Arts & Culture » Arts Stories & Interviews

Cassandra 'Elvira' Peterson holds court at this year’s Spooky Empire

Scream queen

by

comment

When you think of horror and Halloween icons, up there with Dracula, Michael Myers and, ahem, a hapless Charlie Brown with a bag full of rocks, there's a woman who stands taller – several heads taller, if you count the towering ebon beehive – than them all.

Elvira, the wisecracking horror host and full-on cultural icon, is instantly recognizable around the world with her graveyard pallor, Morticia Addams-gone-pinup attire, unbelievable hair and cleavage, and crucially, her unnaturally quick and self-deprecating wit. She's gone beyond her humbly haunted beginnings as host of Elvira's Movie Macabre on L.A. station KHJ-TV and become a movie star (Elvira: Mistress of the Dark), fashion and makeup designer ("I think of it as Elvira daywear"), reality TV star (The Search for the Next Elvira) and even singer (her "2 Big Pumpkins" single was released by Jack White's Third Man Records).

This Halloween, Elvira is breaking a longstanding 26-year tradition of spending the Halloween season at Knott's Scary Farms and heading out to a few horror conventions to, as she deadpans, "Show people outside of L.A. that I'm still alive!" To that end, Cassandra Peterson (the actress and comedian behind Elvira) will be holding court at the Spooky Empire Convention all weekend, including doing a rare photo op with fans on the Friday of the convention as Elvira. This is a special occasion because Peterson stopped appearing in "Elvira drag" at conventions awhile back. "I'd be in costume for five or six hours a day," she says. "Sweat running from underneath my wig and down into my makeup and my makeup ending up on my chest. It was just sad."

Despite that, don't think for a moment that Peterson doesn't enjoy doing these appearances and meeting fans. She is genuinely touched by fan interest still: "It makes me feel good about the career I've chosen, that I'm not just a paid goofball, but that I've helped people through difficult times in their lives. It's really crazy."

And fans come out in force, with all manner of stories and strange items for her to sign. Peterson recalls a fan who came to an appearance with his father's funeral urn – complete with ashes – as his dad had been a huge Elvira fan his whole life, but was never able to meet her. Without missing a beat, Peterson promptly signed the urn: "To Bill, better late than never."

It wasn't always so. Peterson and her creation Elvira started out burning the midnight oil by delivering wisecracks in her eye-poppingly ghoulish attire over Z-grade horror films on the L.A. airwaves in the early 1980s. Though there was a proud tradition of "horror hosts" emceeing bad horror movies in the wee hours dating back to Ghoulardi, Zacherly and, yes, Vampira, Elvira was an in-the-moment and larger-than-life phenomenon from the first Movie Macabre episode.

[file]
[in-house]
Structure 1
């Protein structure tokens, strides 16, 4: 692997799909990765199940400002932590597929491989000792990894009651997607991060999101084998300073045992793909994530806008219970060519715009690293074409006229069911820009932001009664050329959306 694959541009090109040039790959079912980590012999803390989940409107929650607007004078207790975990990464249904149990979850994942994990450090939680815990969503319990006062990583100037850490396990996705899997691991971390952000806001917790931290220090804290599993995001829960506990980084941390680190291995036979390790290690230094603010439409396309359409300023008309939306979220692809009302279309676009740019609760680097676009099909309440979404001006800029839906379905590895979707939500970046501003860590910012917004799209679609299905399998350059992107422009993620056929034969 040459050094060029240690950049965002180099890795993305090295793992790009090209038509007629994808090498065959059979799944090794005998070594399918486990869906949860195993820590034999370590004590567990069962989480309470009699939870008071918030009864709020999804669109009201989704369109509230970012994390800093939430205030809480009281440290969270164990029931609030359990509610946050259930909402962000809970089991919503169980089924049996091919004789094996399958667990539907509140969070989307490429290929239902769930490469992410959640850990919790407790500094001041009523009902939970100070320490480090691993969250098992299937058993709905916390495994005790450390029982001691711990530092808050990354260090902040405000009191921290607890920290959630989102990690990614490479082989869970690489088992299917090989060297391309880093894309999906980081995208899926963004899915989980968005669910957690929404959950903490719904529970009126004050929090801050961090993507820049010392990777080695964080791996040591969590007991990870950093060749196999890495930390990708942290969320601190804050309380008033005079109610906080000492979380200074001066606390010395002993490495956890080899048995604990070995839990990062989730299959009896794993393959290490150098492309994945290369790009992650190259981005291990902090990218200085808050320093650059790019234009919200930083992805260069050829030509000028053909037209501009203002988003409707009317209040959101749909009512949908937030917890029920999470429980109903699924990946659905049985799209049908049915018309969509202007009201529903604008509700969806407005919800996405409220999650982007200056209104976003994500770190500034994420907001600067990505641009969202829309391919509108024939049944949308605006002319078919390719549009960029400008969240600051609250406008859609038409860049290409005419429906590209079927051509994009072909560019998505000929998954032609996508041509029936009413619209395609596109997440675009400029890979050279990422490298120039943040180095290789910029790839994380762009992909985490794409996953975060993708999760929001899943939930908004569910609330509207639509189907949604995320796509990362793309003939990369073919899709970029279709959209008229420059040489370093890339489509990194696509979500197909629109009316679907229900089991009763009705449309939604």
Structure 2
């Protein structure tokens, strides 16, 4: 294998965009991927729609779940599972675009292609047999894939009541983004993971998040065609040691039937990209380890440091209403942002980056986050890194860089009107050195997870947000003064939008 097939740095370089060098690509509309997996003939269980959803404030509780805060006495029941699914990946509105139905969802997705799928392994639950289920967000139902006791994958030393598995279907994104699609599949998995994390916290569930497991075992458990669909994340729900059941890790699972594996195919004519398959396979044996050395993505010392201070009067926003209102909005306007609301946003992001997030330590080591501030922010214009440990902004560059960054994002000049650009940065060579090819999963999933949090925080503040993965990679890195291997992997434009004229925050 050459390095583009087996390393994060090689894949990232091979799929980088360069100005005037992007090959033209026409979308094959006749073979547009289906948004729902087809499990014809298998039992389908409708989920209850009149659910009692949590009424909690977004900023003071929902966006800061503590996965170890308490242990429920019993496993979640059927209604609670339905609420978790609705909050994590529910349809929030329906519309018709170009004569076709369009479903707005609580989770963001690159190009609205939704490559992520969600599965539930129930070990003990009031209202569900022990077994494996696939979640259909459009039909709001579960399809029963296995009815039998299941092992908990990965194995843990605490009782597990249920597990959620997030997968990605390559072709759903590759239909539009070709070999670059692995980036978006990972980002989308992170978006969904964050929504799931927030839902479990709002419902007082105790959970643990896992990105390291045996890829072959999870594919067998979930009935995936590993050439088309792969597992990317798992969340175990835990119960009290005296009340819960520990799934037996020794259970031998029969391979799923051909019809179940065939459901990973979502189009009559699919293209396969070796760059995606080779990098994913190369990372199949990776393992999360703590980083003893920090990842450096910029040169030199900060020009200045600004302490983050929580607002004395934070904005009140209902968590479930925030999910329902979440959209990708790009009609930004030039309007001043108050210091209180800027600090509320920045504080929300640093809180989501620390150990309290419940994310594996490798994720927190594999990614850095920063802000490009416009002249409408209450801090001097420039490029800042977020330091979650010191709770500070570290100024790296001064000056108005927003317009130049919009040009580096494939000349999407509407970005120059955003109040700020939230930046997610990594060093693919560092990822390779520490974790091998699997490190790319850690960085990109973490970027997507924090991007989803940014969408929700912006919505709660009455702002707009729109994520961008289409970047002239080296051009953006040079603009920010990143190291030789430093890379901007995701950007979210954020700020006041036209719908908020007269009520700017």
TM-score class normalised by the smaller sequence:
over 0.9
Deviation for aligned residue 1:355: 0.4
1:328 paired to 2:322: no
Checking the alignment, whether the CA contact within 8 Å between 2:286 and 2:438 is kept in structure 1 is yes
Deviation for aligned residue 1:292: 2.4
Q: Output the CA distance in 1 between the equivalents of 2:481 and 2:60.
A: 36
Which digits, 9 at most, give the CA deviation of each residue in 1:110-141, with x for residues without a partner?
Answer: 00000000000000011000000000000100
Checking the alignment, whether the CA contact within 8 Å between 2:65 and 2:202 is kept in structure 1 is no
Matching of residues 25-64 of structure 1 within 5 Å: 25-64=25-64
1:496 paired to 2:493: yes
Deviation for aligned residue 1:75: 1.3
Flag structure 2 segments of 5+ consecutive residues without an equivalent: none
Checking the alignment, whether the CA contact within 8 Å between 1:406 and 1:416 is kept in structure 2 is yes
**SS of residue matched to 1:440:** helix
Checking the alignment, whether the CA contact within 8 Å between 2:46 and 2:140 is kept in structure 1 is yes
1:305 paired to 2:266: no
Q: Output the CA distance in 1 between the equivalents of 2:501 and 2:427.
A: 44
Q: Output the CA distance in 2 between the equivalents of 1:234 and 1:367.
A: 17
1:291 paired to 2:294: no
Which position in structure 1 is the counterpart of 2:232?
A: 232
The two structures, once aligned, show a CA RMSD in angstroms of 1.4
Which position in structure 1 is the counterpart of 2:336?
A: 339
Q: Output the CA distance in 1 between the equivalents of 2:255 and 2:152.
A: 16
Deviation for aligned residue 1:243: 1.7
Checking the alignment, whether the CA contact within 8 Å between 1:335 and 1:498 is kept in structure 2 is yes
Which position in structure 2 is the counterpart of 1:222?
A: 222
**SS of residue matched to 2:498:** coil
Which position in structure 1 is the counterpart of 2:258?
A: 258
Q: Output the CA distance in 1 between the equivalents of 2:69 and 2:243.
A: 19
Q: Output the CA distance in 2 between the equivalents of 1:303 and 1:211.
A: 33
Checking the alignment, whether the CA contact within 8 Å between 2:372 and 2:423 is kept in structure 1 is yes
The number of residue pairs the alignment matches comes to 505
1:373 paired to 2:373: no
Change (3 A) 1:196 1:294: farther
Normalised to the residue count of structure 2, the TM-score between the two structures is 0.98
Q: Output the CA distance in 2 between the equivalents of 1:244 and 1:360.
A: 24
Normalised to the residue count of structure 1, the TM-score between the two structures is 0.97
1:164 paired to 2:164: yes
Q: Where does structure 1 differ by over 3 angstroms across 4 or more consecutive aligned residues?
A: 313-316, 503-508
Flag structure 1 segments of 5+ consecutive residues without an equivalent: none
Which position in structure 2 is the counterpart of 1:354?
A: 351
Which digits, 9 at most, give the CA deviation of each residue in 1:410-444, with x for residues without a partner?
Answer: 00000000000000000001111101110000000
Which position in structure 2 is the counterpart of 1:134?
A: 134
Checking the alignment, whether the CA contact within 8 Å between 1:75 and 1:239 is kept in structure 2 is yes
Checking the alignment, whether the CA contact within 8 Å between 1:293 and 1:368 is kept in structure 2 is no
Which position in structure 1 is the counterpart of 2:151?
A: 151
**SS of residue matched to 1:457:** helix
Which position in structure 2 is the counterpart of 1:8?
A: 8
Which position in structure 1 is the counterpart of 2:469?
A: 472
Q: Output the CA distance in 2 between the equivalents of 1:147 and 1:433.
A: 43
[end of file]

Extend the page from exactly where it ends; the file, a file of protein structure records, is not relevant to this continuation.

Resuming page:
Peterson's comedic sensibility and humor chops were razor-sharp, shaped by her time in the Groundlings comedy troupe palling around with best friends Paul "Pee Wee" Reubens and Phil Hartman. Her look was the perfect blend of classic horror tropes and zeitgeist-tripping, designed with the assistance of best friend Robert Redding after the TV studio rejected an earlier look influenced by Sharon Tate in The Fearless Vampire Killers.

There's a uniquely haunted-house-on-the-Sunset-Strip feel to Elvira's aesthetic – almost a death-rock Angelyne, if you will. An enormous black hairdo influenced by Ronnie Spector's towering beehive ("She called it a knowledge bump," Peterson says), studded cuff bracelets as a nod to the punks and new wavers running wild on the L.A. streets, and a dress "as low-cut and as tight as we could get away with" were the foundations of a look that remains unchanged to this day.

Peterson remembers a "skeleton crew" (pun intentional) working on the television show, seemingly half-asleep as Elvira did her thing and the movie played. This explains the amount of boom microphones appearing in shots – one errant mic even famously hit Peterson on the head. (She begins another studio mishap anecdote with: "Speaking of sticking out ... I did have a little wardrobe malfunction and believe it or not, it was aired!")

Mishaps aside, the impact of Elvira on television was immediate; the viewing public was shocked and enthralled. "So many people have likened my show to a car wreck – like you know you should turn away but you can't," Peterson remembers. "People didn't believe what they were seeing. I didn't believe it myself."

It wasn't her appearance on Johnny Carson's Tonight Show that helped Peterson fully grasp the Elvira phenomenon – it was, appropriately, one Halloween early in the Elvira run.

"I went down to West Hollywood – every year they had this gigantic gay blowout Halloween party," she remembers. "And I get down there and half the people are dressed as Elvira and I go, 'Hey I'm on to something here!'" Fast forward to Halloween week 2018 and Elvira is very much still in demand, with a new comic book out from Dynamite Comics and some TV spots set to air. She even provides an intro to pop star Kim Petras' brand new Halloween mixtape.

Peterson, or Elvira, is relishing every fright-soaked moment of the season. "Halloween is great for kids and for adults. AND you don't have to buy stupid presents or have dinner with your relatives," she laughs. "It's all about me, me, me!"